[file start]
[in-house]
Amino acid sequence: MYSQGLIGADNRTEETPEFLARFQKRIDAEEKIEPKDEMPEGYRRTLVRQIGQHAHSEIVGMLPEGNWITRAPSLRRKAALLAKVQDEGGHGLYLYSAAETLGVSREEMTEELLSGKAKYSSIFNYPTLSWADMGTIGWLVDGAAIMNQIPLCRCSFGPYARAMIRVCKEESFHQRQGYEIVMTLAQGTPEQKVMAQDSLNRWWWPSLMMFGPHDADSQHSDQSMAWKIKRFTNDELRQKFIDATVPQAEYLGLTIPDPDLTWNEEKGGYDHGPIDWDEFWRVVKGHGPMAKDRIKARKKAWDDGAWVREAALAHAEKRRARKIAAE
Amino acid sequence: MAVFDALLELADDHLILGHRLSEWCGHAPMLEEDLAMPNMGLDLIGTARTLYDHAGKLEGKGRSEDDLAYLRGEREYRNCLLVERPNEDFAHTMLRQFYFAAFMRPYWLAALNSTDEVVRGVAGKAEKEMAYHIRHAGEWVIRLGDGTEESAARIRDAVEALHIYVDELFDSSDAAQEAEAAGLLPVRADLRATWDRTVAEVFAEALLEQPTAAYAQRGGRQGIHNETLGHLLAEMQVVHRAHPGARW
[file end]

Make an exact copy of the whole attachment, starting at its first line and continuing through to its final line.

[in-house]
Amino acid sequence: MYSQGLIGADNRTEETPEFLARFQKRIDAEEKIEPKDEMPEGYRRTLVRQIGQHAHSEIVGMLPEGNWITRAPSLRRKAALLAKVQDEGGHGLYLYSAAETLGVSREEMTEELLSGKAKYSSIFNYPTLSWADMGTIGWLVDGAAIMNQIPLCRCSFGPYARAMIRVCKEESFHQRQGYEIVMTLAQGTPEQKVMAQDSLNRWWWPSLMMFGPHDADSQHSDQSMAWKIKRFTNDELRQKFIDATVPQAEYLGLTIPDPDLTWNEEKGGYDHGPIDWDEFWRVVKGHGPMAKDRIKARKKAWDDGAWVREAALAHAEKRRARKIAAE
Amino acid sequence: MAVFDALLELADDHLILGHRLSEWCGHAPMLEEDLAMPNMGLDLIGTARTLYDHAGKLEGKGRSEDDLAYLRGEREYRNCLLVERPNEDFAHTMLRQFYFAAFMRPYWLAALNSTDEVVRGVAGKAEKEMAYHIRHAGEWVIRLGDGTEESAARIRDAVEALHIYVDELFDSSDAAQEAEAAGLLPVRADLRATWDRTVAEVFAEALLEQPTAAYAQRGGRQGIHNETLGHLLAEMQVVHRAHPGARW